PATERSON, NJ - The Paterson City Council voted 6-2 in favor of a 30-year Payment in Lieu of Taxes (PILOT) agreement that is expected to pave the way for the rehabilitation of historic Hinchliffe Stadium. The project will also bring 75 affordable housing units for senior citizens, a childcare center, and a 315-space parking garage to the area that has sat mostly derelict for decades.
The vote came during a Special Meeting that was once again marked by technical and communications difficulties and heated exchanges over etiquette, as well as the overall future of development in Paterson.
“As we celebrate the centennial of the Negro League’s inception we are one step closer to bringing back a stadium that was a game-changer for African Americans,” Mayor Andre Sayegh said following the vote.
At the outset of the meeting, Fifth Ward Councilman Luis Velez put forward an effort to table the motion which Sayegh Administration officials said was time sensitive due to deadlines imposed by the utilization of state-delivered tax credits for the project. When that motion failed, Velez attempted to change the meeting to a workshop so that the item could be discussed but not acted on. Council President Flavio Rivera shot back that this was not possible since the public had been notified, per state law, that action would be taken.
According to Paterson Director of Economic Development Mike Powell, the PILOT will provide just over $3.8 million in public revenue over the next 30 years. First Ward Councilman Mike Jackson and Councilwoman-At-Large Martiza Davila both argued that this number pales in comparison to what the regular taxes would be if the project were liable to taxes at the regular rate. The two later offered the only dissenting votes on the proposal.
For their part the development team of Baye Adofo Wilson and Joe Portelli didn’t dispute this, but offered that in order to make the project financially feasible, as well as keep the rent low on the affordable housing component, the PILOT was necessary as the Housing Mortgage Finance Agency (HMFA) won’t grant the necessary approvals without it.
Asked directly how the project is going to benefit the community, a major sticking point for Davila, Wilson pointed out that the stadium, after 21 years of disuse, will be “given back to the community,” and available to high school athletes, and that the senior affordable housing and childcare components were added because of a need expressed by former Councilman Shahin Khalique and shared by others on the body at the time.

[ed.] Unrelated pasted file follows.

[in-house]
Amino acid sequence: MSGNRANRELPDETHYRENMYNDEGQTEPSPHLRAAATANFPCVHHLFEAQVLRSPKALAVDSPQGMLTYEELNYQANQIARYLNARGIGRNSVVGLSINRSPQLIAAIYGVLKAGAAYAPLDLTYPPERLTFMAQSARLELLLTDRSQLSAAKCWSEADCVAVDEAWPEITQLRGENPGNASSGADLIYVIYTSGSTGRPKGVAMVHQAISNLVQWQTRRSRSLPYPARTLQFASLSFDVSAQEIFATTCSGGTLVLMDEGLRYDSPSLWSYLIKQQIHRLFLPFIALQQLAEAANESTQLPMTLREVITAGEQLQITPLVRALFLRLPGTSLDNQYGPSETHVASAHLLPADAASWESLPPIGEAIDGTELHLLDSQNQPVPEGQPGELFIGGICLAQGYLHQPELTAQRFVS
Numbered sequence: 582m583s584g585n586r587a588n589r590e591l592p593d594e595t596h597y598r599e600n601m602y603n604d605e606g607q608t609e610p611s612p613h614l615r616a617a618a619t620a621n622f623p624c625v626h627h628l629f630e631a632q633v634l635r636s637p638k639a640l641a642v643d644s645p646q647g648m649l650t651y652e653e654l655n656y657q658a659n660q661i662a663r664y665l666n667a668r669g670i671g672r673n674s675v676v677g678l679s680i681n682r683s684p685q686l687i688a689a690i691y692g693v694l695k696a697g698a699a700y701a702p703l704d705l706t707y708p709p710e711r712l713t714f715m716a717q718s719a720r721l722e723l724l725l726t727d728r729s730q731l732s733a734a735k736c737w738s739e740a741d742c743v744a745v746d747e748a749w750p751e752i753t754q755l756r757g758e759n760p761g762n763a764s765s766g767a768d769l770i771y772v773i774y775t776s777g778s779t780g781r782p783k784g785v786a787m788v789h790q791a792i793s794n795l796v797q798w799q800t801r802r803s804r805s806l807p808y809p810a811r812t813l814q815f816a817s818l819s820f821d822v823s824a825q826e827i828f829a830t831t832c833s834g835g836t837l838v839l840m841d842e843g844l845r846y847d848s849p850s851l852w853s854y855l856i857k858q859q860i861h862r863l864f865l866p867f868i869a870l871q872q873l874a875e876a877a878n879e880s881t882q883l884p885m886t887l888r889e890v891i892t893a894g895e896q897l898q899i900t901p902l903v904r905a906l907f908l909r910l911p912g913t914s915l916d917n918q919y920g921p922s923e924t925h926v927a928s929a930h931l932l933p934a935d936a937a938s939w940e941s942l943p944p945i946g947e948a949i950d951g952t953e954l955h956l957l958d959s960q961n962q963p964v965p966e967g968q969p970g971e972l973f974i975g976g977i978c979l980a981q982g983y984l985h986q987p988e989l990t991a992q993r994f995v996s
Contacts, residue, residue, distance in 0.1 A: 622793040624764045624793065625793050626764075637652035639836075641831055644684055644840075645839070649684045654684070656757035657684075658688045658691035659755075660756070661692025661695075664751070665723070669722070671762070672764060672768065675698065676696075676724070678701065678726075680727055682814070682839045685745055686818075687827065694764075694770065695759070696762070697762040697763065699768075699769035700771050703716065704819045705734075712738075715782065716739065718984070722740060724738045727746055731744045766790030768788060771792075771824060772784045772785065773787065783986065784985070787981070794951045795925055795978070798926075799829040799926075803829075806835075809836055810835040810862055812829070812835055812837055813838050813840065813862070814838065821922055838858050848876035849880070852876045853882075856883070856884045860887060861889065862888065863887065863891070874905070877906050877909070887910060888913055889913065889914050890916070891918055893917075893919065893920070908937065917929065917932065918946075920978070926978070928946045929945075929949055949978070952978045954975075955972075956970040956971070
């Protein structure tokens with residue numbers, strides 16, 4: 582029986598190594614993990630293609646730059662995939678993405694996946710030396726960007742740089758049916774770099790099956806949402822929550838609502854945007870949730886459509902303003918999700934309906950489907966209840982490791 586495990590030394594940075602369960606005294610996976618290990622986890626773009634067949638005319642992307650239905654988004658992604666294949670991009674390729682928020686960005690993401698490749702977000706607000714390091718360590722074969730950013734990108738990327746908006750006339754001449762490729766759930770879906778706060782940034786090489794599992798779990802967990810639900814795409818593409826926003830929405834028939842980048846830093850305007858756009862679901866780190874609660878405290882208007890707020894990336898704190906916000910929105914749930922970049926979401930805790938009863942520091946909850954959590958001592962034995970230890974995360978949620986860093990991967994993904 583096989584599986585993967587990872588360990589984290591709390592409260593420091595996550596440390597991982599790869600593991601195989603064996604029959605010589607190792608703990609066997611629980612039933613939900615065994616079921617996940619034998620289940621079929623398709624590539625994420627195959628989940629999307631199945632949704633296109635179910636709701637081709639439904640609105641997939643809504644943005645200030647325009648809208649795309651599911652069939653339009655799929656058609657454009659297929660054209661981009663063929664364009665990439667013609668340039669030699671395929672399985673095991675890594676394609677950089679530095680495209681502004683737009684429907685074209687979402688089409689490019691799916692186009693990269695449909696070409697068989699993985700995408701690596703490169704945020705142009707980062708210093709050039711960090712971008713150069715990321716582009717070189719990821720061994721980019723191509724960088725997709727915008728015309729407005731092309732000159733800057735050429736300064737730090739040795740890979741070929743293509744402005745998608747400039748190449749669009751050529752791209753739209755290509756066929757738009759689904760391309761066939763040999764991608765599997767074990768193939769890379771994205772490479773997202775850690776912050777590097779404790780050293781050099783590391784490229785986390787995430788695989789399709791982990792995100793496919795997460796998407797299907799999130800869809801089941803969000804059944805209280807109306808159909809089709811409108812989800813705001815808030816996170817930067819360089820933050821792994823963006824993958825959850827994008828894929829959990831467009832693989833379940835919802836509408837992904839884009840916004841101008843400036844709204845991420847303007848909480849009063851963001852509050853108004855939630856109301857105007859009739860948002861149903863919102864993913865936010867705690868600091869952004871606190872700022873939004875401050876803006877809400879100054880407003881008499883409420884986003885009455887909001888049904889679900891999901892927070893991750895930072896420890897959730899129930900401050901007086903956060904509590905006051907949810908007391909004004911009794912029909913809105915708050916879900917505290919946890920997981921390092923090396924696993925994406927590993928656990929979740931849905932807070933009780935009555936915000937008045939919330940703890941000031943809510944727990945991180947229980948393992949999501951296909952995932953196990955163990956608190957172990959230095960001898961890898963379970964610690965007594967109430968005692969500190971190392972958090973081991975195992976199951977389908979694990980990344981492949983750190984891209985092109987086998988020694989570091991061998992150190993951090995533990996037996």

The PILOT payments, Powell explained, are based off of anticipated revenues from the various components, and stand at just over six percent for the housing piece- the highest allowed by law, and ten percent for the parking garage, stadium, and childcare center. Asked by Velez if the financial agreement could be reduced to 15 years instead of 30 Portelli responded, likening the arrangement to a home mortgage, sharing that if that were the case the developer’s repayments would be much higher, negating their ability to offer the housing units at rents senior citizens in the area would be able to afford.
Putting the need to grant the PILOT into perspective was Fourth Ward Councilwoman Ruby Cotton who challenged her colleagues to find an alternative. “If council people know someone that wants to fix the stadium bring them in.”
Several times throughout the more than three-hour meeting Rivera worked to keep the conversation directed at the topic at hand, the granting of the PILOT, and not revert to the details contained in the previously approved redevelopers agreement, granting of the tax credits, or financial arrangements of the developers, including an anticipated fee in the area of $8 million.
“I don’t agree with how the tax credits were used but that’s not the issue now,” Rivera said casting his vote in the affirmative and ultimately sending the matter for a second, and what the Administration hopes will be a final, reading on August 11.
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